MKist accomplished women nf her day. She
was linely educated, iv.as a great reader and a
lluent conversationalist. Sln' was a notable Ikjusc-
wife, did all her own hon^euork. and spun and
wove tlax and wool into rlotli for garments for
her children. .She died at Shane's Crossing Sep-
tember 10, 1836, leaving her family inconsolable
r(_ii- her l(jss. and depriving the Metlioilist Church
of one of its most zealous members. Her mother,
Elizabeth Peck, w.as a lineal descendant of the
I'eck family that came over in the •■ Maytlower."
The subject of this biographical .-ketch w.as born
on his father's farm in Knox County, .January 2G,
ISIS, the fifth of a famil_vof sixcliildren, of whom
he and a younger sister are the only survivors.
His early educational advantages, as far as school-
ing went, were limited to about three months' at-
tendance at a primitive, pioneer log schoolhonse,
that w.as furnished witli slab seats, heated by means
of an old-fashioned tirepKace, and lighted liy means
of greased-paper windows. He wa.*, however,
carefully trained at home l.iy wise and good par-
ents, with whom he came to .\uglaize County
when he w.as fifteen \'ears old. At that age, he
began the battle of life for himself, and learning
the trades of a bricklayer and i)lasterer, picking it
up himself, as he had considerable mechanical
ingenuity, was engaged in tho>e occupations
until Jlay, 18.'>lj. In that montli he enlisted in
Capt. Charles Colerick's company to go on the
Ti'xa.- campaign, when that State decided to secede
from Mexico. He was down tliere a year and took
aa active part in several skirmishes, although the
last real battle had been fought on the 21st of the
l)receding April. In Augu.-t. l.s.J'.i. the Colonel
resumed his trade at Dayton. He saved *17.").
ami in lS.;:i he laid claim to eighty acres of land
in Dublin Towmhip. fiercer County. Duringthe
winter of l.s:!:)-l.s40. he taught -chool. lie soon
sold Ills land at an advance liguic. and with tlie
proceeds ami what nionev he had in tlif meantime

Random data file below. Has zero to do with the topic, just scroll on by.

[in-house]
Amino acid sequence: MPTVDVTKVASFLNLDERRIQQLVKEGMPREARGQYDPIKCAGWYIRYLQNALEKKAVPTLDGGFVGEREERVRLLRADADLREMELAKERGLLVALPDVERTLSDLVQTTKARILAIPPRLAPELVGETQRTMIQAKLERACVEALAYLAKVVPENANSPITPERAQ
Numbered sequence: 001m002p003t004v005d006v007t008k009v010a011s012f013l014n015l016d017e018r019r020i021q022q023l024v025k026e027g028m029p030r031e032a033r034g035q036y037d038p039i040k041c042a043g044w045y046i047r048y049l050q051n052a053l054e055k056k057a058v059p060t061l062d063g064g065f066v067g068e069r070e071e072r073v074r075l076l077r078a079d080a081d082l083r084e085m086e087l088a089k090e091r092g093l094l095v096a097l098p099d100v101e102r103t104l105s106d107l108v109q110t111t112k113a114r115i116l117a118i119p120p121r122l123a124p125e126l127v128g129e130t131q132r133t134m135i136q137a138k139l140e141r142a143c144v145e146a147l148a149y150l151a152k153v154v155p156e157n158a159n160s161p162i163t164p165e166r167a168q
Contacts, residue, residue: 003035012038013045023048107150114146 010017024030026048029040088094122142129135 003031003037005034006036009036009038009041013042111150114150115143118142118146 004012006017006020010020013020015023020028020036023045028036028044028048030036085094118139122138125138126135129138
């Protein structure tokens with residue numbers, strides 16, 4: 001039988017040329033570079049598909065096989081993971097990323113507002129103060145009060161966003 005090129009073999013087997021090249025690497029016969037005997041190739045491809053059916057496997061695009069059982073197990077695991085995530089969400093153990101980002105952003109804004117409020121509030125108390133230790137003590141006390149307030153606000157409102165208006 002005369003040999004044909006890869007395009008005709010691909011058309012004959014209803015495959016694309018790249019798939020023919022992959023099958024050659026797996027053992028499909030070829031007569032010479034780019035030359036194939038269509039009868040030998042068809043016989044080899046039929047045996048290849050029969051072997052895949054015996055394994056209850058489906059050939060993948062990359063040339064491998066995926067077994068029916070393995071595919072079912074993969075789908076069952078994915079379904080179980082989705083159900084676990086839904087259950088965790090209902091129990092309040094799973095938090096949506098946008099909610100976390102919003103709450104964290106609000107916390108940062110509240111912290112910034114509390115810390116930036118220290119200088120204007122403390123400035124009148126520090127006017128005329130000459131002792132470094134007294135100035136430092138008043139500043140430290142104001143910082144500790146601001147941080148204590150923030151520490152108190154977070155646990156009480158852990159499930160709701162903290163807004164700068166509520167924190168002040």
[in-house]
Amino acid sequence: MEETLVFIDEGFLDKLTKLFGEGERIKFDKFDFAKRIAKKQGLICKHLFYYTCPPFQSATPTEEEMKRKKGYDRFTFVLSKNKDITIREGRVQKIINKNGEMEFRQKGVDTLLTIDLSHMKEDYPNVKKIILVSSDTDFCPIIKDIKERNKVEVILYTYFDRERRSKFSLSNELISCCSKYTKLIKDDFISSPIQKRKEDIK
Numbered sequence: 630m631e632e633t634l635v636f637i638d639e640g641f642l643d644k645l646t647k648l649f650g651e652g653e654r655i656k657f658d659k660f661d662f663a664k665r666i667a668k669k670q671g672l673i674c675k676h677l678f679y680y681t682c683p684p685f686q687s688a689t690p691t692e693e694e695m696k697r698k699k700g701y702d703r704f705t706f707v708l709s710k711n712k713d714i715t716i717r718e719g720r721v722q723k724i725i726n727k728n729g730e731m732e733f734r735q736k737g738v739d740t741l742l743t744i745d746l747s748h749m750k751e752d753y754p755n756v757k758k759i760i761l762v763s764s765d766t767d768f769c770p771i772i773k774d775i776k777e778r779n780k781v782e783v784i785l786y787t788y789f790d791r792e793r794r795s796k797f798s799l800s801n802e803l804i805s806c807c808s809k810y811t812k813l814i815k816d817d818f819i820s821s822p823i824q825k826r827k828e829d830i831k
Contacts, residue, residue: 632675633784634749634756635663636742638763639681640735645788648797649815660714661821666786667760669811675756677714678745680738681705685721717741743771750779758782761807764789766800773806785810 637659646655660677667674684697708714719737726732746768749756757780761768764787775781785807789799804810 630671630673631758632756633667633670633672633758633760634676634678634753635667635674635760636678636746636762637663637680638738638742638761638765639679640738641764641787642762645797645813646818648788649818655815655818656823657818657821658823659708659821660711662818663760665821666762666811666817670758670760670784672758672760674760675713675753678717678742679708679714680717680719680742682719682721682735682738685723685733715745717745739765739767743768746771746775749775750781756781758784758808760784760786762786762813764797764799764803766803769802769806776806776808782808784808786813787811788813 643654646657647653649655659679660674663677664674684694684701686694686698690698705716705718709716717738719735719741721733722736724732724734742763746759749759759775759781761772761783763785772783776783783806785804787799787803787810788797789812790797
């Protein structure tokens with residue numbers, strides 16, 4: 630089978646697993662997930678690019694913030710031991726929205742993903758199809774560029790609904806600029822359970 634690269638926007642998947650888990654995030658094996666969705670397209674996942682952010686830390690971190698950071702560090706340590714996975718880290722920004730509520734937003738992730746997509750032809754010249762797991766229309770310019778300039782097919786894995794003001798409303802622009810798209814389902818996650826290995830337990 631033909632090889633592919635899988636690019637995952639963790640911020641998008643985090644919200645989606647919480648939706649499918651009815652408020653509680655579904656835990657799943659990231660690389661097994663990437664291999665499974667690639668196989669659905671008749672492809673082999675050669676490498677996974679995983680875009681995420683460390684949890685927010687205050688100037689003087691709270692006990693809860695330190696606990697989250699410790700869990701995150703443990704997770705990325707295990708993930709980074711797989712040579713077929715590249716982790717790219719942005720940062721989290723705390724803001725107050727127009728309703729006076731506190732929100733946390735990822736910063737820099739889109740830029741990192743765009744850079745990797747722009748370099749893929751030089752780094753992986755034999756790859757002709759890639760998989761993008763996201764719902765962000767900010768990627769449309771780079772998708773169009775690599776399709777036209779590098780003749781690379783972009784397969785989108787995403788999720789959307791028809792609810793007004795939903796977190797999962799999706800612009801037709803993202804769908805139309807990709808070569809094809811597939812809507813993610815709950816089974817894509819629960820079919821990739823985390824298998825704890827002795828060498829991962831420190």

earned, he had a capital of several hundred del"
lars. AVhile teaching, be had forty-five pupils, and
was paid -^^..lO for each one that he tanght, ob-
t.aining his board free in return for instructing-
the children of his host.

The Colonel began the study of law in theollice
of his brother, (iordon X., at Piqua. and in March,
1842. he was admitted to the Bar in Cincinnati.
He came to St. Clary's to establish himself in his
profession, and devoted himself assiduously to his
legal duties until the war broke out. In 1846. he
w.as elected Prosecuting Atttirney for Mercer
County, of whicli .St. Mary's w.as then a part. In
18-18, when Auglaize w.as organized .as a separate
county, he was elected its first Prosecuting At-
torney. He resigned in the fall of the same year,
as the Democrats had elected him to represent the
district in the State Legislature, in which he served
with acceptance to all without regard to party
affiliations. In 1852, he was again elected Prose-
cuting Attorney for this county.

Our subject was busily engaged in his law prac-
tice when the Rebellion broke out. He had been
watching with intense interest the events that led
up to the outbreak, and he was prompt to respond
to his country's call for assistance. He was elected
Lieutenant of a company of troops organized in
April, 1861, at .St. Mary's, and when the company
arrived at Camp .Tackson, in Columbus, his name
w.as presented to the Governor by the men com-
posing it, .as the one best fitted for the im[)ortant
post of Captain, and he w.as comnnssioned as such.
lie had enlisted for three months, and he and his